Interview: Journalist Brooke Gladstone And 'The Trouble With Reality'
The Trouble With Reality…asserting that premise could easily fill volumes, especially these days when Americans can’t agree on what is fact, what is true and what’s not true.
But journalist Brooke Gladstone, the co-host of public radio’s On the Media, takes the issue head-on in a compact compilation by that name.
Now lest you think that an 87-page treatment can’t do the trick, you might consider what one reviewer called it: “A short stiff drink of truth.”
The brief chapters are packed with ideas from a wide range of thinkers, and depending on your reality, Gladstone takes you from despair over the state of things to a recovery of sorts.
Brooke Gladstone recently sat down with Morning Edition Host Tom Kuser to discuss the book. Below is a transcript of their conversation.
How did we get to this place of alternate facts and fake news and vehement disagreement over what’s real? Why do you think now is the right time for this book?
I think that there’s a much more intense degree of distress in certain precincts, perhaps even more than half the country, much greater than would normally follow an election that doesn’t go your way. If you live long enough, you’re bound to have elections that don’t go your way and you’re bound even to have some fear for the future of the country.
You’re bound to have all the things that accompany our roiling politics, but this seems to go much deeper. This seemed to be almost existential. In fact, this seemed to be a disruption of people’s realities, themselves, as opposed to simply a bad outcome or an undesired outcome.
You have a couple of interesting definitions of reality. You say reality is “more slippery than a pocket full of pudding.” And later on you talk about reality, saying it’s like “handling a greased pig.” What do you mean by that?
Well, the thing is that we construct our own realities. We have to. The world is just too complicated and vast for us to truly understand. So we build little miniature handcrafted versions of them, and that’s where we live. And normally they’re close enough so that you can move through fairly easily and just close your eyes to the parts that don’t comport with your view of how the world works. This was different.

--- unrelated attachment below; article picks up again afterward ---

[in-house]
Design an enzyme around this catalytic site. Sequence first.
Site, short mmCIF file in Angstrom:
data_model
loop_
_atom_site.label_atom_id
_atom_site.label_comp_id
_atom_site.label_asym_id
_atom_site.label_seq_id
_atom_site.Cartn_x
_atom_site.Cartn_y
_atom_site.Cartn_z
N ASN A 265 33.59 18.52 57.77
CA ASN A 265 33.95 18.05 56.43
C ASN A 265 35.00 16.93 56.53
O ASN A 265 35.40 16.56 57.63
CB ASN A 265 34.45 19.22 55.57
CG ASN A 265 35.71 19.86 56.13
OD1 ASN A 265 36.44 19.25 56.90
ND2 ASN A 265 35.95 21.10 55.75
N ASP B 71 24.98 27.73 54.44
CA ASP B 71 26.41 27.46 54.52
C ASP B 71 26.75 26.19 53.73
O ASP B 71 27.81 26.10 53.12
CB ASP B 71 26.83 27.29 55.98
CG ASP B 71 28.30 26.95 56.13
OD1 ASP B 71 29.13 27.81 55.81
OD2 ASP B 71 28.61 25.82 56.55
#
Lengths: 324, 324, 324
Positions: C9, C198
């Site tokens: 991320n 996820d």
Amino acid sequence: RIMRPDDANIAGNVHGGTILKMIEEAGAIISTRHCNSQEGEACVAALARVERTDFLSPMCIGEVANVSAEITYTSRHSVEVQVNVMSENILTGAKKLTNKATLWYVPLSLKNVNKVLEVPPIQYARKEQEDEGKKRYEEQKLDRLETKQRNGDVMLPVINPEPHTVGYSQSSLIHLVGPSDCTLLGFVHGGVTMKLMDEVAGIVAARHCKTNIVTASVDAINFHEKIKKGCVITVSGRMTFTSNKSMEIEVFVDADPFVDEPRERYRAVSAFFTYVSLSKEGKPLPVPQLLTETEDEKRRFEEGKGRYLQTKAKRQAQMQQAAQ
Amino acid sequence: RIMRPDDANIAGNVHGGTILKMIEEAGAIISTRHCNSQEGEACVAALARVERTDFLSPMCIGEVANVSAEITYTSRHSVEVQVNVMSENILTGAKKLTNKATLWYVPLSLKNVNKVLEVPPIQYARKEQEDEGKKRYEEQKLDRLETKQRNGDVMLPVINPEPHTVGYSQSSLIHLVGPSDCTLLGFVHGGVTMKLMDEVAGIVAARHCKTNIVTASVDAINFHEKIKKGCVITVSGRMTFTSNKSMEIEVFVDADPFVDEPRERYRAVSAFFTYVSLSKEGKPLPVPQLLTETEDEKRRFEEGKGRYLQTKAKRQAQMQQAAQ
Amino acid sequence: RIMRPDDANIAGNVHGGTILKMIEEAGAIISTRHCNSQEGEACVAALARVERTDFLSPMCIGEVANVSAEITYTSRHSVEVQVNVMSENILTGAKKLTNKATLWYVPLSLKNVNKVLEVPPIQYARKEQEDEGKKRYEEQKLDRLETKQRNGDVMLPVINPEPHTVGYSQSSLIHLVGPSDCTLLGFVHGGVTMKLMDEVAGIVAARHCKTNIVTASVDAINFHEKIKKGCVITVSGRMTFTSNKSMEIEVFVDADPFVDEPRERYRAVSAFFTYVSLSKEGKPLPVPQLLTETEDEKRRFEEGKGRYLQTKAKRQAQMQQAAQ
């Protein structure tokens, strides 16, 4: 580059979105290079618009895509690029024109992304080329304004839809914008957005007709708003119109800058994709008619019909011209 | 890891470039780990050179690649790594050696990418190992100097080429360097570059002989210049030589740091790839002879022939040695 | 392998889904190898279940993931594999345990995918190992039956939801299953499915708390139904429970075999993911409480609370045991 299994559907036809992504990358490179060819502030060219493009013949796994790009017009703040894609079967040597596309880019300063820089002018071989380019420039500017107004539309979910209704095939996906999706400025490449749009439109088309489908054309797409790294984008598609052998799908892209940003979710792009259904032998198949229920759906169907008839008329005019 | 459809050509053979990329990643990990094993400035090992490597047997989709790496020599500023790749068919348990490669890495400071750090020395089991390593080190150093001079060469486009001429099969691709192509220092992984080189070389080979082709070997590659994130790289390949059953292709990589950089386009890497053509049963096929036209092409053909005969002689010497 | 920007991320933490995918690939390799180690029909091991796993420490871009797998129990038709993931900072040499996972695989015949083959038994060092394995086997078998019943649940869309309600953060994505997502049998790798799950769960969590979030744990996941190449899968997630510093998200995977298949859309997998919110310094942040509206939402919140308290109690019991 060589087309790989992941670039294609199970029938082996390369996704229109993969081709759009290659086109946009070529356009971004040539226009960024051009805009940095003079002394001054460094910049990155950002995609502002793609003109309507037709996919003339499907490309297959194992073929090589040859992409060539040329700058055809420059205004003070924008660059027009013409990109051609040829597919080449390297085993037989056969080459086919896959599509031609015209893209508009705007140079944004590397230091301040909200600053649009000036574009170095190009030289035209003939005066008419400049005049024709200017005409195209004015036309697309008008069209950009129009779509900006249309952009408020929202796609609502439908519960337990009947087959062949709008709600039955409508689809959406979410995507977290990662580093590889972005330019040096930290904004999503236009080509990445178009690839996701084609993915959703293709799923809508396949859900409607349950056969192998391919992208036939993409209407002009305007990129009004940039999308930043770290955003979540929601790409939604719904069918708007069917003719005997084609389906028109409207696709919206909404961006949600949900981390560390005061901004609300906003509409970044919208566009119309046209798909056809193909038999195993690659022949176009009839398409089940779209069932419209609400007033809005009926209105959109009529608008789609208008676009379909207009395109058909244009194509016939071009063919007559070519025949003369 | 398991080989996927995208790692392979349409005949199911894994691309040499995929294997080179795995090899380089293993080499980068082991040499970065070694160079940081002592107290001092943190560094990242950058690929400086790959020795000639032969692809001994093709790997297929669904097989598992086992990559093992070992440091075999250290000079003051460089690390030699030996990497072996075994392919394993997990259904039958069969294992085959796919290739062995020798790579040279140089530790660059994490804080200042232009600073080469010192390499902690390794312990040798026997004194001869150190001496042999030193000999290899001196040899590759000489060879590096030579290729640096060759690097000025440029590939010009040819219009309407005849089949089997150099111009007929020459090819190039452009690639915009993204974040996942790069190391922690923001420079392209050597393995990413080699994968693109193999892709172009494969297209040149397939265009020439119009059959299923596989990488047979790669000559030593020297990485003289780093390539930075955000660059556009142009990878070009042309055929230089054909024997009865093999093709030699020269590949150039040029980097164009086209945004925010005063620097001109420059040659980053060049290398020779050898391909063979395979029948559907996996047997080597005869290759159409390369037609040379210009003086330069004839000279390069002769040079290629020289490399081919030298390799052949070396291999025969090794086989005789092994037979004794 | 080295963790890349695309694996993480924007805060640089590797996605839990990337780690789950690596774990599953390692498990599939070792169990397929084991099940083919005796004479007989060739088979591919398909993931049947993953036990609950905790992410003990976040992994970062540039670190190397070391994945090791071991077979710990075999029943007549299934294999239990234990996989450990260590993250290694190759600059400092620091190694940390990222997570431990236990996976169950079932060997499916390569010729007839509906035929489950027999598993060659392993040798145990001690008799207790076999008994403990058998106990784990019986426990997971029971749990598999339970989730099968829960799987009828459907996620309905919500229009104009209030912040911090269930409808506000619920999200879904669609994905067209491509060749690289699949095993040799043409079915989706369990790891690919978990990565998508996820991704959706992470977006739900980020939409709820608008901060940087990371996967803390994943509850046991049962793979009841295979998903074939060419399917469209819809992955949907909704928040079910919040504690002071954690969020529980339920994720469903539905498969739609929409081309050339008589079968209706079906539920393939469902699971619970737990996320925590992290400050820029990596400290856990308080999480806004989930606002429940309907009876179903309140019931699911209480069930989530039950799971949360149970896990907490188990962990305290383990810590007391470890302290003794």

Why was it different? Because we have been able to build ever more seamless bubbles. And we have been able to block out anything that might cause distress in our beliefs. And so when you are so protected and so insulated, when it does happen, it causes a degree of distress that some people have never experienced in their lifetimes.
So what are the consequences, do you think, of living in these tightly gated realities that each of us has?
What do you think?
Well, what do I think? I think it’s a problem. What I’m getting at really is since these kinds of realities have been with us since there I guess there have been individuals, what made it peak today? Why are the bubbles so much thicker right now than they were when Barack Obama was elected?
Let us consider that there are a multitude of medias, practically one for every individual in this country, because now we are our own gatekeepers. There was a time when maybe a dozen white men pretty much controlled the political debate. They decided what was appropriate for discussion and what was not.
Now we have a much more rancorous media, much less civil, much more riddled with complete lies. On the other hand, it is a place where everybody has the opportunity to participate. So, because you can craft information and shield yourself from information in such a way that you never have to encounter information that doesn’t comport with your worldview, then you get really parallel worlds that never have the opportunity to cross.
There is very little in the way of a public square in this country anymore...only millions of tiny little squares, and that’s basically why we are able to do, what Daniel Patrick Moynihan famously said we could never do, which is have the right to our own facts. He said everyone has the right to their own opinion and they don’t have the right to their own facts. Well, now we think we do. And another thing is even when you’re covering facts, now that we know that facts themselves, facts in isolation, never will change a person’s mind, you have to present that fact with context. You have to make that fact relevant to a person’s life and unless you do that, those facts won’t have any impact.
Brooke, thank you very much for your time today.
Thanks again, bye!
Brooke Gladstone will be speaking Monday night at the Long Island Museum for a WSHU "Join the Conversation" Event.